News / Press
May 2012 - Young Workers – The Next Generation
Just as Star Trek had a Next Generation, the youth of today is – and will have to be – the next generation of workers and business leaders. What can they do to succeed in the current job market and what options are open to them?
Today’s young workers do not have it easy. With fewer jobs available, more (often experienced) people competing for them, and many of us working well into our twilight years, the employment market is an extremely difficult place for the novice jobseeker. Getting the skills required to move up one’s chosen career ladder has, arguably, never been more difficult. There are, however, a number of ways to get started.
Applying for part-time work may not be as attractive as a full time position, but it may be a foot in the door for full time employment further down the line. The employment rights of part-time workers are required to be no less favourable than for full time employees and they are specifically protected against less favourable treatment under the Part-Time Workers (Prevention of Less Favourable Treatment) Regulations. Employers are much more likely to look to increasing the hours of a part-time employee first, before venturing into the recruitment of a new, as yet untried and untested job applicant. Securing part-time work is therefore a good way to secure full time employment at a later date.
Signing up to a temping agency is another good way of increasing exposure to businesses with employment opportunities and can also be a good way of getting a foot in the door for full time employment. The Agency Workers Regulations that came into force on 1 October 2011 increase the rights of agency workers who now benefit from many of the same rights as the permanent employees with whom they work. Importantly, they are entitled to be notified of, and apply for, permanent vacancies which become available during their temporary placement.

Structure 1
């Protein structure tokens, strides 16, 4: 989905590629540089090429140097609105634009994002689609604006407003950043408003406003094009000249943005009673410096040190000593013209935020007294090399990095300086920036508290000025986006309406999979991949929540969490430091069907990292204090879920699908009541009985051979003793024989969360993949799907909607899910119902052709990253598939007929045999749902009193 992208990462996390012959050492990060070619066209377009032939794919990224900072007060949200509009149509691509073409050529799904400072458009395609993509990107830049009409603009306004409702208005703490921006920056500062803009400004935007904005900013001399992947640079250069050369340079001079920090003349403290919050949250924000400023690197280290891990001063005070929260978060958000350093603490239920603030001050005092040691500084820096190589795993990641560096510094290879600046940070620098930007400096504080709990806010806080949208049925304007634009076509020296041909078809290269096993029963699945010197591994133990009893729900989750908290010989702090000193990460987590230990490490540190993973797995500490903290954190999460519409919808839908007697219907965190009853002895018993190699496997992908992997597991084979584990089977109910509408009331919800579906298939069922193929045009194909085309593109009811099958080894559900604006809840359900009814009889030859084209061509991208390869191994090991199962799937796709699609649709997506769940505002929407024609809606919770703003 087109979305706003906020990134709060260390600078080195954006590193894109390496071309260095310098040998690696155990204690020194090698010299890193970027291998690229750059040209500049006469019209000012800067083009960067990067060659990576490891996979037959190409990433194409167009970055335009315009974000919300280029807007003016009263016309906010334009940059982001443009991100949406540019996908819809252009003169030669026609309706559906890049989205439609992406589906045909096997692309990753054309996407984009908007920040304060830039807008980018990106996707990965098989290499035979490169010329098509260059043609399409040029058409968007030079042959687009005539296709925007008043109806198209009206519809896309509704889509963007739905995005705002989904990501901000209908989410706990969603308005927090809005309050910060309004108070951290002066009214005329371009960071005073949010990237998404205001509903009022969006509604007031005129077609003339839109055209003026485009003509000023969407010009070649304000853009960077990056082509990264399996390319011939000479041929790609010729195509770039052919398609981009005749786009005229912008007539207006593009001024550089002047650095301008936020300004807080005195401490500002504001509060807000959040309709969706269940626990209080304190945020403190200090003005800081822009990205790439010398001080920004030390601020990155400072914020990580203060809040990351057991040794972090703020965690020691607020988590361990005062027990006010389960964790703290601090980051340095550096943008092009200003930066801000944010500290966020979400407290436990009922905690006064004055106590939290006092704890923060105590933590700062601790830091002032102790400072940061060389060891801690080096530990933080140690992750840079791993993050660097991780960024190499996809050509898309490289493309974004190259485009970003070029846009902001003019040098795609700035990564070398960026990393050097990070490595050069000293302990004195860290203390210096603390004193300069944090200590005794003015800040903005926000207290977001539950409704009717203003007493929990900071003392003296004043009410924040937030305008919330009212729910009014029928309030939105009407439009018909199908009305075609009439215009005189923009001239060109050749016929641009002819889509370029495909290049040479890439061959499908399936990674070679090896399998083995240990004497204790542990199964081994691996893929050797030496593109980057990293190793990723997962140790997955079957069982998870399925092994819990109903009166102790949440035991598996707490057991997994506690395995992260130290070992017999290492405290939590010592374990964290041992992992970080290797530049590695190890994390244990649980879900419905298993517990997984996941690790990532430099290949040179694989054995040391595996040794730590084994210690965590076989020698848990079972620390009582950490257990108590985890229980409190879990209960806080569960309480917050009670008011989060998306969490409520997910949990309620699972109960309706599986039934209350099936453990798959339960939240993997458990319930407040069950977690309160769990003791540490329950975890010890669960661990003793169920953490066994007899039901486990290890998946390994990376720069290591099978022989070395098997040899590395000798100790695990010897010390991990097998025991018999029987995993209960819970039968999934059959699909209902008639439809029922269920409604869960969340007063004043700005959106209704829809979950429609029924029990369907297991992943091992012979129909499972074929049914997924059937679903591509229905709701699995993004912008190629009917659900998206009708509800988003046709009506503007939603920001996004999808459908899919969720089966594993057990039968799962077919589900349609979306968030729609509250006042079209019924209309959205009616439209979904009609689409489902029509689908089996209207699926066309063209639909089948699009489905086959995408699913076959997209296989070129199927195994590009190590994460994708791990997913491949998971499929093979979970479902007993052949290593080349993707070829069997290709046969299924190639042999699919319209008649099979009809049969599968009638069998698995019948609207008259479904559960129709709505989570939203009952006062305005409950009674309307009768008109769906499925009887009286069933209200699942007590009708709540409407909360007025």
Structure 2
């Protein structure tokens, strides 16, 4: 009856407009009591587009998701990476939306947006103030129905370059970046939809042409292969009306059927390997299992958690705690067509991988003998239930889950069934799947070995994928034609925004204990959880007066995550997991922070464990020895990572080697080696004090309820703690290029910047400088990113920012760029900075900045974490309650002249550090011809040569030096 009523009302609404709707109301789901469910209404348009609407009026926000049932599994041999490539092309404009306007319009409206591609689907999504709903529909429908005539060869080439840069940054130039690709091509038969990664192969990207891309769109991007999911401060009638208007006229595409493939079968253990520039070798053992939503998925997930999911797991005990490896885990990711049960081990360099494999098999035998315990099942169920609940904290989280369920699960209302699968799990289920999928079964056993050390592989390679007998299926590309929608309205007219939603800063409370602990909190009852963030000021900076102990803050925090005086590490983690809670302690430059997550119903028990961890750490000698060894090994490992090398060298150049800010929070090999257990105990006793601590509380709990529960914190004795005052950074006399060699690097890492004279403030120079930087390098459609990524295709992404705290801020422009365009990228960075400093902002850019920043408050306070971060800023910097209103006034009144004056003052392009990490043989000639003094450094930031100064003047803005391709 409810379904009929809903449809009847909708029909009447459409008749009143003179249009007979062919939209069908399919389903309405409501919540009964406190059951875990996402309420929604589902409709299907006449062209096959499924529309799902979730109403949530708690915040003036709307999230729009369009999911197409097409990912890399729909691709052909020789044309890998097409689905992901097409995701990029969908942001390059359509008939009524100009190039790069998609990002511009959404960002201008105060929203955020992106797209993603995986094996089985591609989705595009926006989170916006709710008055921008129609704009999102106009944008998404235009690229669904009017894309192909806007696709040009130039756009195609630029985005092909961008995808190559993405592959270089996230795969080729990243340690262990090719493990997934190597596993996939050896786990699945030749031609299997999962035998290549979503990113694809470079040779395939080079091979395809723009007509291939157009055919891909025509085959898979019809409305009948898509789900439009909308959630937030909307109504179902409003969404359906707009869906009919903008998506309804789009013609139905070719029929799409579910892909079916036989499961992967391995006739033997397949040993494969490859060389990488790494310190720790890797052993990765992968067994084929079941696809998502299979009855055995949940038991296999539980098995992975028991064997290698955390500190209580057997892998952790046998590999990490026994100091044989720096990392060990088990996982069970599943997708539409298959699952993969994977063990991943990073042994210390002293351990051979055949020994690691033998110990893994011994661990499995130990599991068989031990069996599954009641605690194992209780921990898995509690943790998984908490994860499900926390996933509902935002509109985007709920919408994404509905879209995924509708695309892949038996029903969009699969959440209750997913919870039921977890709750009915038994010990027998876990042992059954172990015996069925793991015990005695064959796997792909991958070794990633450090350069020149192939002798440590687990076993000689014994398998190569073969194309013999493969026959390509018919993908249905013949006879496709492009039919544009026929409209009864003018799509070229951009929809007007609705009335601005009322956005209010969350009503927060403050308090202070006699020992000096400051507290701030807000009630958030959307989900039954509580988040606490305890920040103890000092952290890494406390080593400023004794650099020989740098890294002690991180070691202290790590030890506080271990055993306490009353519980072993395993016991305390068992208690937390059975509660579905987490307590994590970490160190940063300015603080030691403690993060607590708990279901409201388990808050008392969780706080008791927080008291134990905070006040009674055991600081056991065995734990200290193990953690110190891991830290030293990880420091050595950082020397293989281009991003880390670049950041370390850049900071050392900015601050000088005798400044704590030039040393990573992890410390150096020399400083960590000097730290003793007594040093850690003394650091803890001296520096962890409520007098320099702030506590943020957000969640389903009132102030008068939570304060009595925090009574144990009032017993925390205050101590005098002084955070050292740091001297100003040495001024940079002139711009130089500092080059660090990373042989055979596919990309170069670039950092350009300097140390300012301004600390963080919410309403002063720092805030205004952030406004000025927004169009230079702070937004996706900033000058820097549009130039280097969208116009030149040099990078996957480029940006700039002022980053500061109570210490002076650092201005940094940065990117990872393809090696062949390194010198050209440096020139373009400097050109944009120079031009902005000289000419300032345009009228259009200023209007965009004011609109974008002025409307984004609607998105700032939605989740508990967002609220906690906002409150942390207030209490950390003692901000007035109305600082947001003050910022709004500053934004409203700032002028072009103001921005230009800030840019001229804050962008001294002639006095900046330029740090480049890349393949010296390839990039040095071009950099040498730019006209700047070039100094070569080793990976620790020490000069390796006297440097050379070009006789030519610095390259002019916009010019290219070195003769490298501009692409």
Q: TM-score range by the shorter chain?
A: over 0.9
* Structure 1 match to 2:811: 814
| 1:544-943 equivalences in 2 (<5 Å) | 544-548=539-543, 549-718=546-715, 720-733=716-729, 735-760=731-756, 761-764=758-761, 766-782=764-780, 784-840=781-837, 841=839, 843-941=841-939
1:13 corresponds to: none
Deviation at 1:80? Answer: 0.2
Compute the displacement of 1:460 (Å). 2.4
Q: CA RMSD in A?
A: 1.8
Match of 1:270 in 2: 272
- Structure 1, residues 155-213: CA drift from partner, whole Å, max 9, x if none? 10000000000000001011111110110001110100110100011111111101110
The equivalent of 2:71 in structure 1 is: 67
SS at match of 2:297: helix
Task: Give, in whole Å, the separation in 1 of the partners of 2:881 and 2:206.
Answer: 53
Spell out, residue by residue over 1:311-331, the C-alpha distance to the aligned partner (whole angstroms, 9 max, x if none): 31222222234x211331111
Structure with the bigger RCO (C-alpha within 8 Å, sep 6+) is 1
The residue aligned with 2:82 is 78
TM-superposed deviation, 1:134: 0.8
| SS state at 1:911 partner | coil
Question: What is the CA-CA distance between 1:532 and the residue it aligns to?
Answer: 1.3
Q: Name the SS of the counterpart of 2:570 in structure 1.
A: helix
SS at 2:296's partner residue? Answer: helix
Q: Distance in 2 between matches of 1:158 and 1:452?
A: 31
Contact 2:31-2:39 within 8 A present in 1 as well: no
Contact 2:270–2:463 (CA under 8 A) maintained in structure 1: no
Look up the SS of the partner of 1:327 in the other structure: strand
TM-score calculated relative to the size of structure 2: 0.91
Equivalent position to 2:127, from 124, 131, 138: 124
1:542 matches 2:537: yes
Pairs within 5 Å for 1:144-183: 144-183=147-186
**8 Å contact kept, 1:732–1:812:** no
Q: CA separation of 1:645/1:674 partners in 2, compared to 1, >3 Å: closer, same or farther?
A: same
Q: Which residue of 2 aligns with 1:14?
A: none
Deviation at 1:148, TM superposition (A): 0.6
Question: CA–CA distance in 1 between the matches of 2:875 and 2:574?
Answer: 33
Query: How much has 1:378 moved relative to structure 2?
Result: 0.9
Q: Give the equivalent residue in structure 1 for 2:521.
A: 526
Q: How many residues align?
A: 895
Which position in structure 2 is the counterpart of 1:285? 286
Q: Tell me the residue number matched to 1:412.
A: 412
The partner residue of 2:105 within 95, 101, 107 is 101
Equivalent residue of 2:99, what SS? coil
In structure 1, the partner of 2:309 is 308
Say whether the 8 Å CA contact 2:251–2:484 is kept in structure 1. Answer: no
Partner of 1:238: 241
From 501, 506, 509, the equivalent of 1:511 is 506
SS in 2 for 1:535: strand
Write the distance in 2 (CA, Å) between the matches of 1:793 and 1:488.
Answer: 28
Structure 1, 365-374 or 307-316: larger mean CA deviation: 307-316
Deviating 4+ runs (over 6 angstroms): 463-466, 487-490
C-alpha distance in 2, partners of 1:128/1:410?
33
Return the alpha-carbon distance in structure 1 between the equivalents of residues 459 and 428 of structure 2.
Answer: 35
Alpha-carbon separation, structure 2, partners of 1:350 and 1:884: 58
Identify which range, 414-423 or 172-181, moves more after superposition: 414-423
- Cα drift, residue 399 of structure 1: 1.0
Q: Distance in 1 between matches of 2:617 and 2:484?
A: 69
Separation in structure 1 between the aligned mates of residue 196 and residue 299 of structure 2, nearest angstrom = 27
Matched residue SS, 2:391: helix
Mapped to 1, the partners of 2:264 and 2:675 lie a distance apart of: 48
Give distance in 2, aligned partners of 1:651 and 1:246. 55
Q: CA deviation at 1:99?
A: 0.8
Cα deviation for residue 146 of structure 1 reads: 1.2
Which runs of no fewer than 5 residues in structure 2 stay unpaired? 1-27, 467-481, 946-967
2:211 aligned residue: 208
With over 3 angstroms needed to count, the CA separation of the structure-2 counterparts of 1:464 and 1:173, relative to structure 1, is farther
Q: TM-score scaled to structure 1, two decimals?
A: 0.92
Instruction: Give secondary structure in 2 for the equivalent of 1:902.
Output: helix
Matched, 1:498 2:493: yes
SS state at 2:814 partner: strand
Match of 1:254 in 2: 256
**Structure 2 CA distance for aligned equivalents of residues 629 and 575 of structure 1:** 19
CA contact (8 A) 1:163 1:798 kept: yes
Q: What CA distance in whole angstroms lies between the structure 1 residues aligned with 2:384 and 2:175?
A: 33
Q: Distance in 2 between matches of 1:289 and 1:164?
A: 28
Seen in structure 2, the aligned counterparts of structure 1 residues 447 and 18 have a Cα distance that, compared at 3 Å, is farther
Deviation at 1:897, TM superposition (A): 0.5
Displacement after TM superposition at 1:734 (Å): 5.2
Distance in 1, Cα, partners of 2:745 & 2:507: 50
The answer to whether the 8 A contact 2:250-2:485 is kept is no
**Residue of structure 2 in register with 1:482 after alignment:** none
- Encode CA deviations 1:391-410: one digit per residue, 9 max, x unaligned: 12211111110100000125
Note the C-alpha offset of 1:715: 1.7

For those aged over 16 who have left school, completing an apprenticeship with a business is a great way of gaining skills and qualifications while earning a wage at the same time. Many businesses are now offering apprenticeships as the Government increases the funding available to those that offer them. Typically, an apprenticeship will be within a vocational occupation and last for 2 to 4 years. While the minimum wage for an apprentice is only £2.65 per hour, many apprentices earn much more than this, while the skills learnt at this young age will be a valuable asset for progressing up the career ladder.
With fewer young people expected to take a place at University due to the sharp increase in tuition fees, the national minimum wage for young workers has hit the spotlight. The rate for those aged between 18 and 20 has been the same for the past 2 years, at £4.98 per hour. This has also been the case for those over 16 but under 18 years old, whose rate is currently at £3.18. A tough start for the next generation, though, with plenty of options to explore, this should increase their chances of success.
• Dawn Robertson is head of Murray Beith Employment